This brings me back to thinking about some of the problematics of narrative brought up for me by Angi's post. I supplemented my income for years as a waitress, and noticed that in the short path of food from the time it enters the kitchen until it's placed in front of a guest, quite a bit of narrative enhancement - even to the point of fictionalizing and sometimes outright fabricating - can happen to it. For restaurants to become more useful sites of learning, the ethic of rigorous honesty and transparency cultivated in the best of kitchens will need to become more pervasive - even when that means, perhaps, a sacrifice in the "prettiness" of a given narrative.

    It seems that public history related to food and farming, like all public history practice, will not be able to escape the task of dealing with myth as myth, even when it's very well loved. The good news is that much about the food movement is already about re-tuning our aesthetic sensibilities - learning to love the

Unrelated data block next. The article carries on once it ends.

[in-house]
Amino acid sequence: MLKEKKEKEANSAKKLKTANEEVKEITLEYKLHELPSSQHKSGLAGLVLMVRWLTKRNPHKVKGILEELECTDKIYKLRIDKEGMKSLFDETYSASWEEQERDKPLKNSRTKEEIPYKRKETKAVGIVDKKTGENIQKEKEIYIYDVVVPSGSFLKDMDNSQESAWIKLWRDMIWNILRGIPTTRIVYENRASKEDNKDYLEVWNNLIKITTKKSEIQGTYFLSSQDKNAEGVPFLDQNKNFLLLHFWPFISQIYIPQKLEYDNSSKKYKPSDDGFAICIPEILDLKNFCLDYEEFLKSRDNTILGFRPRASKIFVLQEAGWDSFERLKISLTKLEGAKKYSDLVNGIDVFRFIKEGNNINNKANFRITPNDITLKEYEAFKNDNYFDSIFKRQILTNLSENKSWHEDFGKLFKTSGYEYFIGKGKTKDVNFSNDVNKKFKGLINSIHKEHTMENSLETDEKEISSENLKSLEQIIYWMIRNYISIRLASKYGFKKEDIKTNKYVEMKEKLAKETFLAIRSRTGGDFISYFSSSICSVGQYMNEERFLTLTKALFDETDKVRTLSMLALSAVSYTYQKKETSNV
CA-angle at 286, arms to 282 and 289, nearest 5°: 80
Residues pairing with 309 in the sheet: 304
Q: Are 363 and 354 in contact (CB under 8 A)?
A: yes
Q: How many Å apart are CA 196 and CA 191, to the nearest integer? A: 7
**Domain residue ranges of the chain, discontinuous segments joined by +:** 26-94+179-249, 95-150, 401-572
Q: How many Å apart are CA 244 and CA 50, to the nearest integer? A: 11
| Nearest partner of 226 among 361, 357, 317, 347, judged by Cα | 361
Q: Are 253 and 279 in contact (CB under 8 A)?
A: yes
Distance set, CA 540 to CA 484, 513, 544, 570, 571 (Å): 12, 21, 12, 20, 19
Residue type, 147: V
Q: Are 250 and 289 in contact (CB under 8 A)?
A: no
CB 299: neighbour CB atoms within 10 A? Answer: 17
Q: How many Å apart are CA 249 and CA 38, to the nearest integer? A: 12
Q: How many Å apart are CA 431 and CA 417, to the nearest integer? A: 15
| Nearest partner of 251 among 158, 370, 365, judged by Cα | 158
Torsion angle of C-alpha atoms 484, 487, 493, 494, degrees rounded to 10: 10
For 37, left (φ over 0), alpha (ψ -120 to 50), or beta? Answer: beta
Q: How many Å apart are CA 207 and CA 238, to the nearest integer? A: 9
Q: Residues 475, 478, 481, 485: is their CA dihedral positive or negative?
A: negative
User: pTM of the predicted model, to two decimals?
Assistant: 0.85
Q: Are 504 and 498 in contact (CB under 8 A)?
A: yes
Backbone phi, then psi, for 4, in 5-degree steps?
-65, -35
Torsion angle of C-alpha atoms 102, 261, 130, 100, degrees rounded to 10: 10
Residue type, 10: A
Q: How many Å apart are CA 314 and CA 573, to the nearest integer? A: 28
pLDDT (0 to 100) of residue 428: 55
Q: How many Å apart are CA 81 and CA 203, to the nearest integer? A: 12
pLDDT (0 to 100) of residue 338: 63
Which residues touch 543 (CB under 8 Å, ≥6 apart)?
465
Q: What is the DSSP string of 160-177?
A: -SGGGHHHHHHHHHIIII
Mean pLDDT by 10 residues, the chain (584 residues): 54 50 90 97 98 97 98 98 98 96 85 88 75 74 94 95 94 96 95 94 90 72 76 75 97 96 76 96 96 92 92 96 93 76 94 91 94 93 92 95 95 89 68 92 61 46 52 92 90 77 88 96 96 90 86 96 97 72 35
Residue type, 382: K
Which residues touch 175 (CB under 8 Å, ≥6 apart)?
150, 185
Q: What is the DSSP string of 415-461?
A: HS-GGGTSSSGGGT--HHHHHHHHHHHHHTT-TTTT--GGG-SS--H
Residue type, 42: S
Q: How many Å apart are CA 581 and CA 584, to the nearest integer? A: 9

"homely" tomato for its taste - and there's no reason that can't extend to a greater familiarity with a true, contemporary, understanding of local farms as they're worked today.

  2. So many great ideas here!

    Diana, I'm particularly struck by your discussion about how to convey to contemporary eaters the realities of frugality, seasonality, etc. That seems like an extremely tough nut to crack - how do you get the kinds of people who have never lived on the edge of hunger (assuming most of our audiences haven't) to want to know what it's like to be aware of the possibility of scarcity? I see this in energy-related questions, too - just suggesting to people that they really should be more aware of how much electricity they're using provokes some kind of "fear-of-deprivation" response, and they get all huffy about being reminded to turn the lights off when they leave a room. How do we get contemporary food-secure people to engage imaginatively with those realities, in ways that go beyond just being grateful that we have it so good in the present (or, conversely, nostalgic for "a simpler time")?